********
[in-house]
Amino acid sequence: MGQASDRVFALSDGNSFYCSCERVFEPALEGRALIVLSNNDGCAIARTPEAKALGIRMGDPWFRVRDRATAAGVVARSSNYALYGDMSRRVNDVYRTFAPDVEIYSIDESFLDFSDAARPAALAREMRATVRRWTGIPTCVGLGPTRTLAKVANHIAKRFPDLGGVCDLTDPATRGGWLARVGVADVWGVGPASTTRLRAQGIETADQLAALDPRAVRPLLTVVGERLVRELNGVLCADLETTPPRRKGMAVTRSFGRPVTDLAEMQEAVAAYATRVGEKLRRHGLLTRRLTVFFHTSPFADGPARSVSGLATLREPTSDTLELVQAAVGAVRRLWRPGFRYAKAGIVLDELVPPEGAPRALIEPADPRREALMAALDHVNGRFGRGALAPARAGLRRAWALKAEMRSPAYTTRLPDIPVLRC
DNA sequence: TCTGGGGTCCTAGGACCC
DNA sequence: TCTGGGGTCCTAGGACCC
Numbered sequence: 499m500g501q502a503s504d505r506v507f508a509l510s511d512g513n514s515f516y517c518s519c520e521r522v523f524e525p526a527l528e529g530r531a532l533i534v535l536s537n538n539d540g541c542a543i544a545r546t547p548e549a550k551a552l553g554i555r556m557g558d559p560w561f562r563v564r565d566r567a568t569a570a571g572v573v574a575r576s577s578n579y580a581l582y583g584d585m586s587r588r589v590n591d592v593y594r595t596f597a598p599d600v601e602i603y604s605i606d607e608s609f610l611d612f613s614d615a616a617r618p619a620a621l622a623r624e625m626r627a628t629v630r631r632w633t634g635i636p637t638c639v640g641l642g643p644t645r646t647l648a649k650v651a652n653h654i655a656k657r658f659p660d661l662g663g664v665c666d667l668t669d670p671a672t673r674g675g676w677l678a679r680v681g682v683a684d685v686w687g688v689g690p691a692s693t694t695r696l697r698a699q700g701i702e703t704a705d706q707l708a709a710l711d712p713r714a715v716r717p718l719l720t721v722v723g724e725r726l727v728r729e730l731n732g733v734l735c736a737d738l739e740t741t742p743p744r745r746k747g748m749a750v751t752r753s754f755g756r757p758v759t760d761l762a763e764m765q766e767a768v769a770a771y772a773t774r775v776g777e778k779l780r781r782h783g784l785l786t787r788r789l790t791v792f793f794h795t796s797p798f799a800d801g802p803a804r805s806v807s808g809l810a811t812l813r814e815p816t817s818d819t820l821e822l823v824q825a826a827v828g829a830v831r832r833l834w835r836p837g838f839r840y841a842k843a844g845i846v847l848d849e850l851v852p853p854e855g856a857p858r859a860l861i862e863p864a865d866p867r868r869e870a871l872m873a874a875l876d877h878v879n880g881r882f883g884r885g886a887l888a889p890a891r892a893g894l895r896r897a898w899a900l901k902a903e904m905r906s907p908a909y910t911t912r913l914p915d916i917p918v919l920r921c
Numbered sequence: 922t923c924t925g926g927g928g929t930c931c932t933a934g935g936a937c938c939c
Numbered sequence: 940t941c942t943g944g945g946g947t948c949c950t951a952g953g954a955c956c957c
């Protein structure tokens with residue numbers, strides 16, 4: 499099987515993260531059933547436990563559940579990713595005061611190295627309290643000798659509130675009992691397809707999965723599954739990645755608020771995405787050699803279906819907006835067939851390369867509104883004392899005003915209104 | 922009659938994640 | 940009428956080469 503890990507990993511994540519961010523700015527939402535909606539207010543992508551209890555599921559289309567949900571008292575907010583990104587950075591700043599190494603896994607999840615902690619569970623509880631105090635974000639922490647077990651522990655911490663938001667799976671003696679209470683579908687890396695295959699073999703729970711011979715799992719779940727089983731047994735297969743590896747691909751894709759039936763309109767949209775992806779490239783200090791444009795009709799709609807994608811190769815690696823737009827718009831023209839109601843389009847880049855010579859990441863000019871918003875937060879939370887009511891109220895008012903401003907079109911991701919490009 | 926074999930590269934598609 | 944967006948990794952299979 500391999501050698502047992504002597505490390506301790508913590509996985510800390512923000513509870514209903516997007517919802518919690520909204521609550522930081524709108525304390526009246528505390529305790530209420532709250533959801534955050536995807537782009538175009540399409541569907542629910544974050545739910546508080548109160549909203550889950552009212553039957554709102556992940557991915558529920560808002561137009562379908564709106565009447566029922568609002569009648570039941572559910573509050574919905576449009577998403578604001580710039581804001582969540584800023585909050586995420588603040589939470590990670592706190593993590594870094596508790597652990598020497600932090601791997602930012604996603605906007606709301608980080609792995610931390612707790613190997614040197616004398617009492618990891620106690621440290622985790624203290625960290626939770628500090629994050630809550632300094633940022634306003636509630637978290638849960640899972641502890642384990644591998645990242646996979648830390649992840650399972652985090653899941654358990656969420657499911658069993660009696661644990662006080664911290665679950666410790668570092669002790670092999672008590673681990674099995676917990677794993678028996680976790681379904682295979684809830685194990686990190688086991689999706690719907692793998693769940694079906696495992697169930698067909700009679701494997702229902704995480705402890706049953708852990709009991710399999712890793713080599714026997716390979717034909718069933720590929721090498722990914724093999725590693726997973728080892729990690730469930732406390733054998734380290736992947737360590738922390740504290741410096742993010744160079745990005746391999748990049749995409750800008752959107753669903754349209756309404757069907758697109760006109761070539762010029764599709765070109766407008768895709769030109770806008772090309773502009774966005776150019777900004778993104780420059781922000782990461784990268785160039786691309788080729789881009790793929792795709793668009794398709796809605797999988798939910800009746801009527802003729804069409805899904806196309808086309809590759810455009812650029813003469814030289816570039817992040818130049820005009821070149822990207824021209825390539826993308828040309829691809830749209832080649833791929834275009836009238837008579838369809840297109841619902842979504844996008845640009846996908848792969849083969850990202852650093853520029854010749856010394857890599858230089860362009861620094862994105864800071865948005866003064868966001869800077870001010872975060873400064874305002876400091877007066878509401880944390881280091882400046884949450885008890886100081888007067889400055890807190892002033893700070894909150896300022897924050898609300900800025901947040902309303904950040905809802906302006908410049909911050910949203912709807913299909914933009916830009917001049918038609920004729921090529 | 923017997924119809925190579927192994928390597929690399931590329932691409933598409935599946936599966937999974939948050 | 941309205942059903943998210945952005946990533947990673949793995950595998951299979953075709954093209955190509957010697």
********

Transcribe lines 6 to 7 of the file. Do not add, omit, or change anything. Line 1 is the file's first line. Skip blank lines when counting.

Numbered sequence: 922t923c924t925g926g927g928g929t930c931c932t933a934g935g936a937c938c939c
Numbered sequence: 940t941c942t943g944g945g946g947t948c949c950t951a952g953g954a955c956c957c